Asset Accounting: Highlight Key Data Conversion Issues During Implementation

  • by Yuval Nir, Managing Director, TLR Tech Ltd.
  • October 15, 2006
Prepare for an Asset Accounting implementation project with these best practices and tips for converting legacy data.
Key Concept

Transaction AS91 is a manual online transfer method of loading legacy data. It enables you to load the asset’s master data and historical financial data. It allows you to see how the loaded data appears in the master data, depreciation areas, and asset values screens of the asset. You can see the impact of different asset parameters, such as depreciation key and useful life on planned depreciation in SAP. It also is helpful in the design phase of the data conversion to assist in the mapping of legacy data to the asset master record. Other options for loading legacy data include Legacy System Migration Workbench (LSMW) using Business Application Programming Interface (BAPI), recording, direct input, or batch input; Computer Aided Test Tool (CATT); or the Excel migration tool (transaction AS100).

In an SAP Asset Accounting (FI-AA) implementation project, one of the main steps is the conversion of legacy data. This can present challenges such as mapping legacy data to SAP, understanding the effect of the take-over date used, and converting multiple currency data. I use the manual online transfer, transaction AS91, which enables me to load legacy data manually, and is very useful in addressing these issues.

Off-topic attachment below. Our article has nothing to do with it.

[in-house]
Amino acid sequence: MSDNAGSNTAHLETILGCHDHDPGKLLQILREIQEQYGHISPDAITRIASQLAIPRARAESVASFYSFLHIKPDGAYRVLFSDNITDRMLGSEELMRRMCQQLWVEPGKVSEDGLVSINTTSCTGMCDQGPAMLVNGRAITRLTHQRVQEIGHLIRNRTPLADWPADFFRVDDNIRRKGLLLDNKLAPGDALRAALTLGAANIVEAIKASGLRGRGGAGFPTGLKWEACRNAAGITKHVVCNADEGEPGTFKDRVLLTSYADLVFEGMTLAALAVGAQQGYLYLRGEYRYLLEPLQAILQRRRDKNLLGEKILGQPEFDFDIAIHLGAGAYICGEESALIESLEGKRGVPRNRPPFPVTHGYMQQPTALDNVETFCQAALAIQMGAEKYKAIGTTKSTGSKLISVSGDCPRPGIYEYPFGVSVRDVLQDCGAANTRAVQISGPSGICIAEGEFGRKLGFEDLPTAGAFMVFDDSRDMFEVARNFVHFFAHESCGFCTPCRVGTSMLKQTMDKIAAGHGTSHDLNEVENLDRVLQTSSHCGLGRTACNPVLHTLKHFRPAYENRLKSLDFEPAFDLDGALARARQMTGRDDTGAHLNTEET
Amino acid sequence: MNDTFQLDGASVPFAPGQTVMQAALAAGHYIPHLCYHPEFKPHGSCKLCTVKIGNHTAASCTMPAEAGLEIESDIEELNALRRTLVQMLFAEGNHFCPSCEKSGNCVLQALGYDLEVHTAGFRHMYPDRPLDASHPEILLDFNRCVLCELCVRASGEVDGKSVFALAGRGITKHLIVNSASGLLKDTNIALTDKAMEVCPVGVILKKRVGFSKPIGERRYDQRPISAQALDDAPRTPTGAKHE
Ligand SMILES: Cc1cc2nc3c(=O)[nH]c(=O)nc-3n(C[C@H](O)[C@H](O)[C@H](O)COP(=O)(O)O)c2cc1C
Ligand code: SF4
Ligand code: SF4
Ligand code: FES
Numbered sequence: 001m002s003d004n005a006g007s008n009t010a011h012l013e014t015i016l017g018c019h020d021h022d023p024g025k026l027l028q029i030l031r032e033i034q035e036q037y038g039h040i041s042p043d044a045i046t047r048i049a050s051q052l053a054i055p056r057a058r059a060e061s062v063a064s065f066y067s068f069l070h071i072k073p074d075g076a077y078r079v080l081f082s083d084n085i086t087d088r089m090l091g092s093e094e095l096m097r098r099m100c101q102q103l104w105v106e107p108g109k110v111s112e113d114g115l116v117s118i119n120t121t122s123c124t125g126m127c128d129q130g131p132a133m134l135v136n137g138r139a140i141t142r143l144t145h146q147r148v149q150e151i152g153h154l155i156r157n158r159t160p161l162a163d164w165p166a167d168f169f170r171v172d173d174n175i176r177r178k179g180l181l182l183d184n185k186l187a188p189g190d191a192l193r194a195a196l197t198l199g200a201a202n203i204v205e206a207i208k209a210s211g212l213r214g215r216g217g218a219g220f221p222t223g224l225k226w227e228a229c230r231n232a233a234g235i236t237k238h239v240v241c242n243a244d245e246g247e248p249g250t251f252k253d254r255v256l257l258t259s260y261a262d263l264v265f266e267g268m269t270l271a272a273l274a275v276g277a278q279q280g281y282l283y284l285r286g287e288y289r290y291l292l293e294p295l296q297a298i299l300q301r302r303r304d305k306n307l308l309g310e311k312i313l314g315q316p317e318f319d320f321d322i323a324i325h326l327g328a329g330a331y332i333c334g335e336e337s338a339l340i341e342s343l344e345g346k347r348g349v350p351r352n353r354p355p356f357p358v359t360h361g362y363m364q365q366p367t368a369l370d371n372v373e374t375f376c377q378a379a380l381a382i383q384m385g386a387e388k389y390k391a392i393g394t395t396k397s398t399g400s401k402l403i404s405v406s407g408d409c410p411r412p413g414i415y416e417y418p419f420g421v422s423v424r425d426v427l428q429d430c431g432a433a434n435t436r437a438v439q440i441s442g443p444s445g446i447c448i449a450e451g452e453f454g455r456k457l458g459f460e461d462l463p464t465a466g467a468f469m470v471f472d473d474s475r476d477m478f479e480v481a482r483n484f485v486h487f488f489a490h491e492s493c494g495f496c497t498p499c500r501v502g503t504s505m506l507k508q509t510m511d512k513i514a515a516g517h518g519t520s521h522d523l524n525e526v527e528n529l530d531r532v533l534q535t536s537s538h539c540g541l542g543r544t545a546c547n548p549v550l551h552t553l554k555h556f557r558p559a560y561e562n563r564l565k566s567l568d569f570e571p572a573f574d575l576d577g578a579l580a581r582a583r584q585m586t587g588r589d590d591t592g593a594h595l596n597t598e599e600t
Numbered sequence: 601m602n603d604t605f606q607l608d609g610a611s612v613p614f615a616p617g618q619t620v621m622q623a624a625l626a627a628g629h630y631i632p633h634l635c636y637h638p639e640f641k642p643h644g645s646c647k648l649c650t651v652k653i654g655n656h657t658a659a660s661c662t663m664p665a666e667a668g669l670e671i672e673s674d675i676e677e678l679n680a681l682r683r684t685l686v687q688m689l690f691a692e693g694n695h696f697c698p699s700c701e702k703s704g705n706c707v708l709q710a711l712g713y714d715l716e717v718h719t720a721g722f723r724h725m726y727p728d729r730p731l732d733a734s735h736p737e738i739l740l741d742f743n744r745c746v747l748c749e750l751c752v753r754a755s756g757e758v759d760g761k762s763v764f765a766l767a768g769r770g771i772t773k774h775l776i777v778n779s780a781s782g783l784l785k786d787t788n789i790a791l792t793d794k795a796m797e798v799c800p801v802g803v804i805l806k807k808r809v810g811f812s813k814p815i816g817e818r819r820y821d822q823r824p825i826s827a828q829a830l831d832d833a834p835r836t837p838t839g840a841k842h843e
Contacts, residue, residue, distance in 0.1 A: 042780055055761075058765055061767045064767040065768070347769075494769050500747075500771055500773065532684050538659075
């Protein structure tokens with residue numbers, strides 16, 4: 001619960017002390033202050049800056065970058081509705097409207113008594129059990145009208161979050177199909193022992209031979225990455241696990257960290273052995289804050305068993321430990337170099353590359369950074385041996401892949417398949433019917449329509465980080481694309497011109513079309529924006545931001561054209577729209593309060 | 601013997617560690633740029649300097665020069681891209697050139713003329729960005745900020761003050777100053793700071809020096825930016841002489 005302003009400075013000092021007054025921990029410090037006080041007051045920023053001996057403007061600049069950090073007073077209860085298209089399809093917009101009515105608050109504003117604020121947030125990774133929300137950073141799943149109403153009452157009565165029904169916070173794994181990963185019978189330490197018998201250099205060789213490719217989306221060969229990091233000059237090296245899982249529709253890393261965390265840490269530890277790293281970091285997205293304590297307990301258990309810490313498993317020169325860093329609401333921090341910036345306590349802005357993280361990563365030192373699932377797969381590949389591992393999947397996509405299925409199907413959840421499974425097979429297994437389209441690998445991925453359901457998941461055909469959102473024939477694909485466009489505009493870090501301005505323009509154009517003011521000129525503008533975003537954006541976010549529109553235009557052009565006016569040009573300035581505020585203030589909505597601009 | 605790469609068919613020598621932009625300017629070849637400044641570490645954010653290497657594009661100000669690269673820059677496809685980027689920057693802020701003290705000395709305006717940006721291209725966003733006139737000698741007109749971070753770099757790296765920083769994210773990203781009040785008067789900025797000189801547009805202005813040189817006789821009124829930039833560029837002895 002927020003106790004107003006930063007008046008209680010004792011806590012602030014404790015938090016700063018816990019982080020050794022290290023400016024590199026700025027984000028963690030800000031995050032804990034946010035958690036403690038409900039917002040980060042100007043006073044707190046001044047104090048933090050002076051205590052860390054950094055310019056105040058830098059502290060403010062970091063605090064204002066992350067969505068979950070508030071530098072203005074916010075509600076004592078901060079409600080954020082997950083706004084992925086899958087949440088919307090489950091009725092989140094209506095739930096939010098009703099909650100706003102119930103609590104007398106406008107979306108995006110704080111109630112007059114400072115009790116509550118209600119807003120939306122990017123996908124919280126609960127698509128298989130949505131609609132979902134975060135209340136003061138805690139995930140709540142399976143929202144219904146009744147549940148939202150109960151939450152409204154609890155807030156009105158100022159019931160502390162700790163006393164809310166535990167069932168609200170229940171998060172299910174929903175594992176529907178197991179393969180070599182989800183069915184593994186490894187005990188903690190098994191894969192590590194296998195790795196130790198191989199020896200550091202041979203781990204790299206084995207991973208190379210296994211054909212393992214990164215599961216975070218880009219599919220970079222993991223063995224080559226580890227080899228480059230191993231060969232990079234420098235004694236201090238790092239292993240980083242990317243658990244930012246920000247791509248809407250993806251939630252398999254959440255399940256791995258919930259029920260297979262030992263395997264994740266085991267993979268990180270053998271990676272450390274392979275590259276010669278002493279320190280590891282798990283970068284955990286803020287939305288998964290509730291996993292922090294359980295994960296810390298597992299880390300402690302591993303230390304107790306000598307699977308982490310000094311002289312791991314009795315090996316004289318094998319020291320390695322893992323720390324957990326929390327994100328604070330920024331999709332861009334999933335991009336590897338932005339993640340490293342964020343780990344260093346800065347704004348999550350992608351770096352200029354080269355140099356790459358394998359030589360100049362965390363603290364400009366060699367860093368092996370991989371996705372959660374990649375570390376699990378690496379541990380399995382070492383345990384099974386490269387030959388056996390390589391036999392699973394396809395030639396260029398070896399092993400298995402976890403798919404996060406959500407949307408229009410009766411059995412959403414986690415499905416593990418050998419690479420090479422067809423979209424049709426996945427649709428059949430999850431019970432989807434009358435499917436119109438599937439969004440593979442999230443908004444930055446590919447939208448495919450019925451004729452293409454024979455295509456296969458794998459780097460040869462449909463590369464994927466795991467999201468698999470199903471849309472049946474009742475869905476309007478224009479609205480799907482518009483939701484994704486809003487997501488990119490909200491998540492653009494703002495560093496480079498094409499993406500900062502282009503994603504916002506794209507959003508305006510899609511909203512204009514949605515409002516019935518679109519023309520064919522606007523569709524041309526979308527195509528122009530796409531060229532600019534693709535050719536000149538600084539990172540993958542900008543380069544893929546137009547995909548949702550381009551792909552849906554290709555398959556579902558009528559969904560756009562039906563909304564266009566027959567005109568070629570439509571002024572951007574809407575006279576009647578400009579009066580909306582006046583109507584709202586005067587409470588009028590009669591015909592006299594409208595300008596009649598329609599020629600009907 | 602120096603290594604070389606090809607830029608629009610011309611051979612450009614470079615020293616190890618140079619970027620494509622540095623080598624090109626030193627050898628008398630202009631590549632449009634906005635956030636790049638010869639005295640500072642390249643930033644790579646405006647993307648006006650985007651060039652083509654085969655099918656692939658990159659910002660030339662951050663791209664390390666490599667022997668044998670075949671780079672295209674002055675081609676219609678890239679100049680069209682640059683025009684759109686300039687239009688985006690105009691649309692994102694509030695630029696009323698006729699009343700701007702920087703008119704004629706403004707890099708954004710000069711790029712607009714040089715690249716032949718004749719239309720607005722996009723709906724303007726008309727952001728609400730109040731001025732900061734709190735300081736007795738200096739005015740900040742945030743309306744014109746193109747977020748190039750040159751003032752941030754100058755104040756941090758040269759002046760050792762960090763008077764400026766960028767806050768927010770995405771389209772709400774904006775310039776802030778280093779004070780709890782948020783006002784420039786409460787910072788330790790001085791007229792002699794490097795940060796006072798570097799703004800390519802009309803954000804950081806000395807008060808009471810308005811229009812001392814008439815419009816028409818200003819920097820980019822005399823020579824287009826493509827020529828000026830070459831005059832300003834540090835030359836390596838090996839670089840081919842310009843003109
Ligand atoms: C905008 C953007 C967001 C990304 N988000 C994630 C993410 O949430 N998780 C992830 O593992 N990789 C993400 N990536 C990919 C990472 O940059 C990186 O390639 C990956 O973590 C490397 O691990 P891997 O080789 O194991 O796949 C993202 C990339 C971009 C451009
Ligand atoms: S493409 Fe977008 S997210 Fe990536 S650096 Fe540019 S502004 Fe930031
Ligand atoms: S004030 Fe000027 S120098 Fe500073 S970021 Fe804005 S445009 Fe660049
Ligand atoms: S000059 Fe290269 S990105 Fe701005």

Using this transaction can highlight the impact of customization activity in preparation for an automated data transfer using one of the numerous SAP-provided tools, such as batch and direct input programs. I’ll show you how to use transaction AS91, look at issues relating to different take-over dates, and provide some tips.

Yuval Nir

Yuval Nir is managing director of financial systems consulting at TLR Tech Ltd. He has more than 15 years of global financial systems expertise focusing on the SAP Financial and Treasury modules. He holds a bachelor of science degree in economics, a master of science degree in accounting, and a CPA license.

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